If you missed Day One of the impeachment hearings, Susan Glasser of the New Yorker has an admirable recap. If you watched the proceedings but found House Intelligence Committee ranking member Devin Nunes’ opening statement incompressible, Philip Bump of the Washington Post has translated it from the original Wingnutese into passable English. If you want some idea of what it all meant and whether it will make any difference, I’m here to assure you that it’s far too early to tell. As I noted yesterday, the Republicans’ initial line of defense was somewhat effective but doesn’t have much staying power. There are many more witnesses to come who will whittle away at their shoddy ramparts.

Strictly from an informational standpoint, the hearings were most notable for a revelation made by Ambassador Bill Taylor, the top U.S. diplomat in Ukraine.

Taylor also relayed new information that he had not known when he testified in a closed-door deposition on Oct. 22.

The day after Trump’s July 25 phone call with Zelensky, during which he asked the Ukrainian leader to “do us a favor” and look into Hunter Biden, a Taylor staffer was at a restaurant in Kyiv with [Gordon] Sondland when the ambassador to the EU called Trump on a cellphone to report on meetings he had attended that day.

Taylor said his staffer could hear Trump talking loudly enough to understand him and heard the president ask Sondland “about the investigations.”

After the call ended, Taylor’s staffer asked Sondland what Trump thought about Ukraine.

“Sondland responded that President Trump cares more about the investigations of Biden,” Taylor said.

This isn’t the first time that Ambassador Sondland’s sworn deposition has been called into serious question. He revised his testimony last week to reflect the fact that he had informed Ukrainian officials that a condition of unlocking frozen foreign aid was that they agree to launch politicized investigations against the Democrats. Previously, he had denied this under oath.

Now he will have to explain why the following testimony isn’t perjurious.

That presentation from his opening statement asserts, apparently falsely, that his only phone call with President Trump came before traveling to Kyiv for the July 26 meeting with President Zelensky and that this call did not touch on any of the substance of the call Trump had conducted with Zelensky the previous day. We now have an eyewitness, political counselor David Holmes, who is scheduled to give his own deposition contradicting these claims and adding the additional detail that Sondland considered Trump to be prioritizing a politicized investigation of the Bidens over the interests of our ally Ukraine.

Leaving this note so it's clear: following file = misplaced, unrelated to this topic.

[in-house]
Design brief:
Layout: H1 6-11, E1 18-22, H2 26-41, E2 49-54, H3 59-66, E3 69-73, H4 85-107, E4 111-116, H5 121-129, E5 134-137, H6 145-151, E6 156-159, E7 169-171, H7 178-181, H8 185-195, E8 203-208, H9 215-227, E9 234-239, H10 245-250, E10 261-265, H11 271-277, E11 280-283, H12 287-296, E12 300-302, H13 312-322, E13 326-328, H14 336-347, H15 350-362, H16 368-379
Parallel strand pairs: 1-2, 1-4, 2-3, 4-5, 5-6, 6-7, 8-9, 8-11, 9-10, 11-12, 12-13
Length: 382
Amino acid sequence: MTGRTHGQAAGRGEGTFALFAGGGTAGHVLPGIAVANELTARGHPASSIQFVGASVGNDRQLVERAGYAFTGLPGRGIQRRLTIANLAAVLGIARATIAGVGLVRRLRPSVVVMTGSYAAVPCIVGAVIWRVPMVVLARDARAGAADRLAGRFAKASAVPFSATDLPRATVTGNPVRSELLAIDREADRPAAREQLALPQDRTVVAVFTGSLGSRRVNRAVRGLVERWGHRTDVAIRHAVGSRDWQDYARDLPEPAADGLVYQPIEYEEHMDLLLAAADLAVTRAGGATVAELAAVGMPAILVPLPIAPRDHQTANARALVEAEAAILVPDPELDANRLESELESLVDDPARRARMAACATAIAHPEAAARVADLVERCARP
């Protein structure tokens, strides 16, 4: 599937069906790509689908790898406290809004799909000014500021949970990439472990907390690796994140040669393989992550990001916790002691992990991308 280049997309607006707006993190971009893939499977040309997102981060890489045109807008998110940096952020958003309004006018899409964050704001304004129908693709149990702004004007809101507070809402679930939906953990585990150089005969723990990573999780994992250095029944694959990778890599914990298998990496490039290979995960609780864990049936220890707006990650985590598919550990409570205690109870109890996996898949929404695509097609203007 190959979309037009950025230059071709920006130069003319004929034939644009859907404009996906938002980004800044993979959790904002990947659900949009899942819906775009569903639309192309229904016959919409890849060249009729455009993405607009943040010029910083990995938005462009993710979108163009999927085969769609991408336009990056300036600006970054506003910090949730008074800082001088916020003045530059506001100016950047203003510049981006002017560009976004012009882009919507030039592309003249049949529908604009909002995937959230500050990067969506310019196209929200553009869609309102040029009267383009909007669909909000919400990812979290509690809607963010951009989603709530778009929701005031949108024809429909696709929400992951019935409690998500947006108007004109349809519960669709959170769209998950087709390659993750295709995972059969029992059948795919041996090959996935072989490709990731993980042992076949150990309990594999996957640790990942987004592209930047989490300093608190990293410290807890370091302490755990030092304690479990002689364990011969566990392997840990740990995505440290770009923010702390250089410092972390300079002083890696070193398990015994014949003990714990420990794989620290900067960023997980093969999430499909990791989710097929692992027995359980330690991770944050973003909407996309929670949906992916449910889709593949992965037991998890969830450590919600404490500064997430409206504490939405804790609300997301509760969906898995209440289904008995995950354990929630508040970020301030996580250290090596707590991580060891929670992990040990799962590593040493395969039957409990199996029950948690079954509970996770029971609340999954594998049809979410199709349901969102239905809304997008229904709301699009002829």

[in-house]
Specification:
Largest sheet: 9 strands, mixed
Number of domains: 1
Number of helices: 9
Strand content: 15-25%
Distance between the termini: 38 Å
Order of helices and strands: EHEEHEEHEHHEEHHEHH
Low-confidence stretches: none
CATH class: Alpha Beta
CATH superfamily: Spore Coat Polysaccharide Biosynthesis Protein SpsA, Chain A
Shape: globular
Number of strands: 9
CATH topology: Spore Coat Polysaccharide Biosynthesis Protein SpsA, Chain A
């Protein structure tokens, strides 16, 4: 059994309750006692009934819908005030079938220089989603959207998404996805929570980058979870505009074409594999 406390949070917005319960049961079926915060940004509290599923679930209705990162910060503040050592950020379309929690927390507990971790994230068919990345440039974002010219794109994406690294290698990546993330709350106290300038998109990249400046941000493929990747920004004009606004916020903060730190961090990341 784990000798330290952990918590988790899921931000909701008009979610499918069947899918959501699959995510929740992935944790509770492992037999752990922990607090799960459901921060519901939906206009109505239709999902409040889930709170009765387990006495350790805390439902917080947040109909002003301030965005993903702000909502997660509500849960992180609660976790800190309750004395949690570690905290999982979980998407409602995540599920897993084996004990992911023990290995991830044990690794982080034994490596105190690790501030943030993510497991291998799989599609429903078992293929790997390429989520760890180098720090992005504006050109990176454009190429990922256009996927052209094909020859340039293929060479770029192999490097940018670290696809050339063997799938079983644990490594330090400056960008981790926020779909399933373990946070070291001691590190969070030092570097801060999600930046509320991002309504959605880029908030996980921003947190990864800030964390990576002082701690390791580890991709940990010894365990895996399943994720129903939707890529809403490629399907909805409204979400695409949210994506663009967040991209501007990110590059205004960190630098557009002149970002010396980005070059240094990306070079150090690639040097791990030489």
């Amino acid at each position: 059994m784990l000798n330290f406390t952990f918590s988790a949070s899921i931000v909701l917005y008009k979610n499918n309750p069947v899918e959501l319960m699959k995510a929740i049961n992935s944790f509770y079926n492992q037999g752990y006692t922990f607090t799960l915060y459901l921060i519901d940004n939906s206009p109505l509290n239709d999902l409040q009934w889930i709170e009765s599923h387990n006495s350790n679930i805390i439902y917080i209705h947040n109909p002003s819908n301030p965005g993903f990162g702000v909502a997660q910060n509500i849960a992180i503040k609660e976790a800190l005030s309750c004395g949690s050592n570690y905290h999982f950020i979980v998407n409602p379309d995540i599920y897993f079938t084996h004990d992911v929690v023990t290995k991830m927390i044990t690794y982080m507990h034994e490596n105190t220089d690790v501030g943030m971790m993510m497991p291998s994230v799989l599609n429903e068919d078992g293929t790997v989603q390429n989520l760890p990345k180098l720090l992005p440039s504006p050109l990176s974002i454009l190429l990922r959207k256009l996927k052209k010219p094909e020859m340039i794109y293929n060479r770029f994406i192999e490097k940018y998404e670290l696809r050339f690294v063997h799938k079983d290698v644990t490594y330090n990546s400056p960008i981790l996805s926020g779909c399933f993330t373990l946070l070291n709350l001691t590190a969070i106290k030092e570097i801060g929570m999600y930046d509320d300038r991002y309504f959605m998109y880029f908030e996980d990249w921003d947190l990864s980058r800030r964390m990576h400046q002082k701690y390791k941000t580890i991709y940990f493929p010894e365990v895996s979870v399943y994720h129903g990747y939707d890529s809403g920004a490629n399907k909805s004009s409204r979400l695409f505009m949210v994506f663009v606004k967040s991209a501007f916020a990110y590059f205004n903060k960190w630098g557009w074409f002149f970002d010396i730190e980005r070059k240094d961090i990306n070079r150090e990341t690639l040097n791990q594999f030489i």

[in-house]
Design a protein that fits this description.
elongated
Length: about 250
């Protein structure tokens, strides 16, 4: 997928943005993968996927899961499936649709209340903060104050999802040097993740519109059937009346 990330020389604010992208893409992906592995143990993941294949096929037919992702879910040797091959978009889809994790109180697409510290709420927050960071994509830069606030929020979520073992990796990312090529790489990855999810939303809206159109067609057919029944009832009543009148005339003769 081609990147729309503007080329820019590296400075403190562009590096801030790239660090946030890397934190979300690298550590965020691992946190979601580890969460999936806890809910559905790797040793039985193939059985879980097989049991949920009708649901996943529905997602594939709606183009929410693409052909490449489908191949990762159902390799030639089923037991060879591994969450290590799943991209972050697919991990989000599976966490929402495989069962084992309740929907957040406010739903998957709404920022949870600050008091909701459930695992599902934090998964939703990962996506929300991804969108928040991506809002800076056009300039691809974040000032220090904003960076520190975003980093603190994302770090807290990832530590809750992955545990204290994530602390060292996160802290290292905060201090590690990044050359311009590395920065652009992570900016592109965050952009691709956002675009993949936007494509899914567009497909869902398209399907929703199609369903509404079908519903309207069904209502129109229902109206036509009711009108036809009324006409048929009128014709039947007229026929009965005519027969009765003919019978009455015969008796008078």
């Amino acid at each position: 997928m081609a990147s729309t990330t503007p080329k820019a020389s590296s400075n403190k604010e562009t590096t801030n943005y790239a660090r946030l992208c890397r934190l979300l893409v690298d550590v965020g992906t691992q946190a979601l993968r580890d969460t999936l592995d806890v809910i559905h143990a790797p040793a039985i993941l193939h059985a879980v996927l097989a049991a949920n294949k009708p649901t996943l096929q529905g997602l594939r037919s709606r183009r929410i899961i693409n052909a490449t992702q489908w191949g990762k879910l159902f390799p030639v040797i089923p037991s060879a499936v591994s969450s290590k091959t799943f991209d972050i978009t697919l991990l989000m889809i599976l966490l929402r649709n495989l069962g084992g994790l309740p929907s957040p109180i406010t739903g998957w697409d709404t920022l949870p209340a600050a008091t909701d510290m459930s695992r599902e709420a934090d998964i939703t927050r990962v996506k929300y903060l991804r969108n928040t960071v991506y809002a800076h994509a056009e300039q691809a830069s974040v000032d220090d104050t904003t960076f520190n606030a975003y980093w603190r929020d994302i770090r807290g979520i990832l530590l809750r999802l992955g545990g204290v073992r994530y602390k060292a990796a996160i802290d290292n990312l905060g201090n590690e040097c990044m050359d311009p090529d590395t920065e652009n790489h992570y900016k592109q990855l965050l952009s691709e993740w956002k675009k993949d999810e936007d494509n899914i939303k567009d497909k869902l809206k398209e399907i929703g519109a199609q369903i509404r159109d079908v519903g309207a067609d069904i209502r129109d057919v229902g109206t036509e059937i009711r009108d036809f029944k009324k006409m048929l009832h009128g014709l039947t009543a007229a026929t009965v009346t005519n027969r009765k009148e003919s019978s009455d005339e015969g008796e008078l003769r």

Upon seeing Ambassador Taylor’s revelation about this, Josh Marshall wondered aloud whether Sondland is prepared to go to prison for Trump, but I suspect he will opt instead to do another revision to his deposition. He is currently scheduled to testify in public at 9am on Wednesday, November 20, so he shouldn’t dilly-dally about correcting the record.

When he does testify, he will eliminate a significant element of the Republicans’ first day defense. They put great emphasis on the fact that much of what witnesses Ambassador Taylor and George Kent were saying was secondhand and that neither of them had ever met personally with or talked directly to President Trump. By contrast, Sondland is a firsthand witness who had in-person meetings with Trump as well as, obviously, personal insecure cell phone calls with him that the Russians could hear without the need for much sophisticated technology.

If Sondland tells the truth, the Republicans will have to retreat and dig another Somme-like trench.

The case the Democrats are building is cumulative, meaning that the impact isn’t so much felt in one day or after the testimony of two witnesses. It’s more of a Hundred Day Offensive intended to methodically march the American people forward until they breach Trump’s Hindenburg Line in the Senate.

The World War One analogy strikes me as apt because this really is an attempt by the Democrats, and the Establishment more generally, to overcome the trench warfare that has developed in Washington DC and caused our government to be gridlocked and stalemated into near-total ineffectiveness.

Of course, it is also an effort to uphold the rule of law and the integrity of our elections, as well as to defend against the president’s disastrous Putinphilic, anti-Western policies. However you want to characterize it, this is the main effort. The Democrats may fail as the British initially did on the Somme when they believed the Germans defenses to be destroyed only to march a whole generation of kids into entrenched machine gun fire. Or the Republicans may collapse quickly and unexpectedly as the rot and demoralization in their ranks takes hold.

It’s not hard to know who to root for here, but the outcome is far from certain.

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